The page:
By the end of 2015, approximately 59% of U.S. point-of-sale (POS) locations will be chip-capable, said Aite Group.
This finding and others are included in an upcoming Aite Group research report, “EMVelocity: Outlook for POS Re-terminalization and Mobile Payments.” Based on interviews with merchants, acquirers and processors, and other key players in the ecosystem, the report conducts an in-depth study of the U.S. point-of-sale evolution.
In addition to the forecast for chip-enabled terminals, the study includes important findings to help guide the industry and accelerate implementation in the U.S.
Here are some of the initial findings:
- Awareness of the migration to chip among small to mid-size U.S. retailers has increased with two-thirds of merchants aware of the standard. This is an improvement in a fairly short time frame, but a significant awareness gap still needs to be addressed for the remaining one-third of merchants who are unaware.
While nearly all large U.S. merchants have either begun or completed their conversion to chip-capable terminals, a large percentage of small to midsize U.S. merchants are either undecided or not planning to upgrade their POS infrastructure in the near future. In short, there is a clear and urgent need for aggressive and ongoing education among the small business community.
- Among those who are aware, 61% have either begun work or have already completed implementation.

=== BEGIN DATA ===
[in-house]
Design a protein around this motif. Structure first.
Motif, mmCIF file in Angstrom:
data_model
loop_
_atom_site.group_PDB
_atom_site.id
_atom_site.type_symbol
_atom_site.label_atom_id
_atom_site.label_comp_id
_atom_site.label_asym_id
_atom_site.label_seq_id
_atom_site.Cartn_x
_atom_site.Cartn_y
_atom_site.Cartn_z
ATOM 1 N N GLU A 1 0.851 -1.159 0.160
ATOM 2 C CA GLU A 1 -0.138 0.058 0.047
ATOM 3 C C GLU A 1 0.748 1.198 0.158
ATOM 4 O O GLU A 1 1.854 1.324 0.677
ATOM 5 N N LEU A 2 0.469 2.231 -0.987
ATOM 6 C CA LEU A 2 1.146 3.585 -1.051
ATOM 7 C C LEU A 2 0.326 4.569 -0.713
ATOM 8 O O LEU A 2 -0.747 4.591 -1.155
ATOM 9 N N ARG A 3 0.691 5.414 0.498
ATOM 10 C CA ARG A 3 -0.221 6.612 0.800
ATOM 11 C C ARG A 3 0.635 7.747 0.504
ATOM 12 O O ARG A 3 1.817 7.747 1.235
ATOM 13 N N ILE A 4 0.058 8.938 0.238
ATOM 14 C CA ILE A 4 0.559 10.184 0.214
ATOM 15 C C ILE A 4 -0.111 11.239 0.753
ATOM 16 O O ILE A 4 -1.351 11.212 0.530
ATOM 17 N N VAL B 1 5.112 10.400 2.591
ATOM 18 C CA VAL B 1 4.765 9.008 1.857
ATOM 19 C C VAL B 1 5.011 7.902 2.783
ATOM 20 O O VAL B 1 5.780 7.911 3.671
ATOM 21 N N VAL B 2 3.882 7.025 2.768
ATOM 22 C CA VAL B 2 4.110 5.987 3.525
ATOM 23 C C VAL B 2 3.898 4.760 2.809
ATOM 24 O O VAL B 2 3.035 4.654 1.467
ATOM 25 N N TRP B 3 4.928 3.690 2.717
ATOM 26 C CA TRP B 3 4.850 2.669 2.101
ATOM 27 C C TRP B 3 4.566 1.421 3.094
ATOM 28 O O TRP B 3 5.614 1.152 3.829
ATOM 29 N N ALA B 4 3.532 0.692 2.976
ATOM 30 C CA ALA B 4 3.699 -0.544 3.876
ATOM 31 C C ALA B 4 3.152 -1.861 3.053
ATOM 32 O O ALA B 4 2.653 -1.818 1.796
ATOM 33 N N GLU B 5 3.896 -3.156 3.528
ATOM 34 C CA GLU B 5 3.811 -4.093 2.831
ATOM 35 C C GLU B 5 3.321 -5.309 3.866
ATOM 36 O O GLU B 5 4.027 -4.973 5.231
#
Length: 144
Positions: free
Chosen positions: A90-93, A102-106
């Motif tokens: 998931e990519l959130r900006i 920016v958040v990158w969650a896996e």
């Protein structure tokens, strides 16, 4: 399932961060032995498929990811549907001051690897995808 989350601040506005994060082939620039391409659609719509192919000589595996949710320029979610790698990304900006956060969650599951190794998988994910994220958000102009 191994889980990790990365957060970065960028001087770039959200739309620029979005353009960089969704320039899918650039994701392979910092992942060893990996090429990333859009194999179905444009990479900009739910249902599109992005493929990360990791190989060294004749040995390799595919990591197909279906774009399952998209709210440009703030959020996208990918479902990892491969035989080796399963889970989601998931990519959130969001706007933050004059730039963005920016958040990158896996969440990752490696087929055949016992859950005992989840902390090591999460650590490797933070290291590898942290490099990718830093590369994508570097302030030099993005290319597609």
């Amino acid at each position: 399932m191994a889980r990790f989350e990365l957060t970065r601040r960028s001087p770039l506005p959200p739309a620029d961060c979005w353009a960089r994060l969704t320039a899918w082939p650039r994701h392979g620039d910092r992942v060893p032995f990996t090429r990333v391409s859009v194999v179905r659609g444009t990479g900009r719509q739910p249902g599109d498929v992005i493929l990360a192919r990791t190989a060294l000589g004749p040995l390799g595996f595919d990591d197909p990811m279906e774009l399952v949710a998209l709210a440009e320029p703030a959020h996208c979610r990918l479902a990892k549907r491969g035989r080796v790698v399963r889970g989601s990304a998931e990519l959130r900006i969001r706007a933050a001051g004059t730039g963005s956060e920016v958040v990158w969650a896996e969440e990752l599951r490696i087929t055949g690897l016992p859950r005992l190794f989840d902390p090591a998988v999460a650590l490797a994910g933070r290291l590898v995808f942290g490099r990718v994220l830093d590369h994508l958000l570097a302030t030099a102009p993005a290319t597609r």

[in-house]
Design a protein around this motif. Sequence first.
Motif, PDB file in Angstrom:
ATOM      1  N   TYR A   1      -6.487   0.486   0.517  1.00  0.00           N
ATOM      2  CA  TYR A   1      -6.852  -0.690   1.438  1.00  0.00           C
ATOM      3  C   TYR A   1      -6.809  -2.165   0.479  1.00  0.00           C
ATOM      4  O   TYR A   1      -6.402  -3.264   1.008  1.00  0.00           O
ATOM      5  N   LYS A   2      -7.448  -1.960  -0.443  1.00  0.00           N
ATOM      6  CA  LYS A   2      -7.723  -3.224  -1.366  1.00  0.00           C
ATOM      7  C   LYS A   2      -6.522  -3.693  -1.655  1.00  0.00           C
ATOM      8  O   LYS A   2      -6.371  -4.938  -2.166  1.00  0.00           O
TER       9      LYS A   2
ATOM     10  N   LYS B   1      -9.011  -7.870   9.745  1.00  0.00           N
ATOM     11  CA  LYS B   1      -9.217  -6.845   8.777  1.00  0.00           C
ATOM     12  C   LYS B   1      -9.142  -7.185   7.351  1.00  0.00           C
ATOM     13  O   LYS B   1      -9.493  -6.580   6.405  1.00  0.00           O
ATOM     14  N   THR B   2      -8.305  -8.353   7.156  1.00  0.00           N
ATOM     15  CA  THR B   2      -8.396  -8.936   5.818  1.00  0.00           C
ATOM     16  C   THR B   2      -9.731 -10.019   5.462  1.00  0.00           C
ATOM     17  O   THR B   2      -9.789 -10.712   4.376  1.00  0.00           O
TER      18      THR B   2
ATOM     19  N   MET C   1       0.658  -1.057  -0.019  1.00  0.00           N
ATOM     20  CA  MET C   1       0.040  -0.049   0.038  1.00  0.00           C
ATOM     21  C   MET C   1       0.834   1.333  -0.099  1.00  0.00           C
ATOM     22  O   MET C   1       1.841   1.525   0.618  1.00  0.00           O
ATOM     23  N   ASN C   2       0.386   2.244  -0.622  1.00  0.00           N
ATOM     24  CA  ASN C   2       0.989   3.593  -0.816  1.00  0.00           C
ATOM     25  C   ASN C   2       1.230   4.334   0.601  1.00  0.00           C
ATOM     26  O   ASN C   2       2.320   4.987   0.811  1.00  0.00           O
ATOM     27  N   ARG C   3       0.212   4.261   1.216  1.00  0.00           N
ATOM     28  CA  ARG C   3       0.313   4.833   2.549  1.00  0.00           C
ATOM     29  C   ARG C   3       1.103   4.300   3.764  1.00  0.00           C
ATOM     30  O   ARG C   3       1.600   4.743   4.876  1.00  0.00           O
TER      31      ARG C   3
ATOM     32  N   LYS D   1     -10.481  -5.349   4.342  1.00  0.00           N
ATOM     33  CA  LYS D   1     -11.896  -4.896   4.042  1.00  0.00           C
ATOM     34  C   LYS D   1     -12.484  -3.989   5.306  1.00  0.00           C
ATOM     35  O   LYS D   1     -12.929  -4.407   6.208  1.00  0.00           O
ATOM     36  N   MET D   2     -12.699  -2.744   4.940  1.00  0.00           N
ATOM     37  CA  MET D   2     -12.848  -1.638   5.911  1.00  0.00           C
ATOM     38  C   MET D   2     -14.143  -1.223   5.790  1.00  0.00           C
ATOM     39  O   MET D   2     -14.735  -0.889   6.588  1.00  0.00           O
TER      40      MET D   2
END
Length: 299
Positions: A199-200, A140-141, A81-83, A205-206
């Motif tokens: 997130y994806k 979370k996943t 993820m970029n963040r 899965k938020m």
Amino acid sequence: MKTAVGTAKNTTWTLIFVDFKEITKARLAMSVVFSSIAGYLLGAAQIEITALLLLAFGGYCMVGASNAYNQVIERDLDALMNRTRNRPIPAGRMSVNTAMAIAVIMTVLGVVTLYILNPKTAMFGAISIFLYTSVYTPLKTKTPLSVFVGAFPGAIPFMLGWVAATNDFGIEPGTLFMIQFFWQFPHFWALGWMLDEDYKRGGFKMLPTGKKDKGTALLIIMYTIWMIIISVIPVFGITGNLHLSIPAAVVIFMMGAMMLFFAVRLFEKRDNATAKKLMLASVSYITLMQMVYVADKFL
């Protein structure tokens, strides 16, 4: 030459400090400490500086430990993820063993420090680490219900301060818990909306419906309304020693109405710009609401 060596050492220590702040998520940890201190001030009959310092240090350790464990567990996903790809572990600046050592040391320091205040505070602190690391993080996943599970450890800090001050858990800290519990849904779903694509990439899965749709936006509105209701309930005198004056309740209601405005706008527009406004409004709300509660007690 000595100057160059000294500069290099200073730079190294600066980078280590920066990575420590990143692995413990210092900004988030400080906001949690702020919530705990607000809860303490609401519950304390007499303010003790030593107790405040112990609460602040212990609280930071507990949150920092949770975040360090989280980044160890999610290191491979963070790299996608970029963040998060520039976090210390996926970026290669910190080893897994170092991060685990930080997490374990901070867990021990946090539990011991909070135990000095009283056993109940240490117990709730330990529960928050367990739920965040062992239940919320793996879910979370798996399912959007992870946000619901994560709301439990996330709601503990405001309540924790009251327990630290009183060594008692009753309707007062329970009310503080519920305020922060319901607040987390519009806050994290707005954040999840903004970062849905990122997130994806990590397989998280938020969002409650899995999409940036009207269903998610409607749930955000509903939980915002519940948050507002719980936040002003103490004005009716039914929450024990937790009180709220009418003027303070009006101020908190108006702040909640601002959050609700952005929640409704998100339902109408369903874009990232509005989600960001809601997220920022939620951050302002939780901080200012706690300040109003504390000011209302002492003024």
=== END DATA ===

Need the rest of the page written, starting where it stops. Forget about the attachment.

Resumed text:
- For those merchants who are aware and planning to upgrade their POS, a fairly large number have begun implementation. And the pace of implementation is accelerating, with 86% expecting to be chip-enabled by the end of 2015.
While the Aite Group report shows that the implementation rate has accelerated dramatically, concerns remain about smaller merchants’ awareness of the chip migration as well as the likelihood that many midsize merchants will be able to convert in time for the liability shift. Merchants are currently protected from the US$3 billion in counterfeit credit card fraud at the point of sale (a number that will grow to US$3.6 billion by the end of 2015). As of October 2015, a portion of this burden will impact merchants who don’t upgrade. This fraud will disproportionately affect small and midsize merchants that sell fungible goods such as gift cards, jewelry, and electronics and who will lag in upgrading their terminals.
Beyond EMV chip, terminal providers state that nearly all terminals being shipped at this time incorporate NFC, helping to enable the mobile payment ecosystem. In another disconnect, however, only about one in five smaller merchants are aware that their chip terminals include NFC. The report describes the potential for NFC-enabled mobile payments to incent accelerated re-terminalization, acting as a complement to the mitigation of fraud risk that the chip delivers.
“It’s good news that the pace of implementation has picked up,” said Thad Peterson, senior analyst with Aite Group, “but when the liability shift occurs, nearly half of all merchants will now be vulnerable to counterfeit card fraud, and the liability will be on them. Every organization in the payments space needs to increase its efforts to educate and inform the merchant community about the importance of moving to EMV chip and the value of implementing NFC.”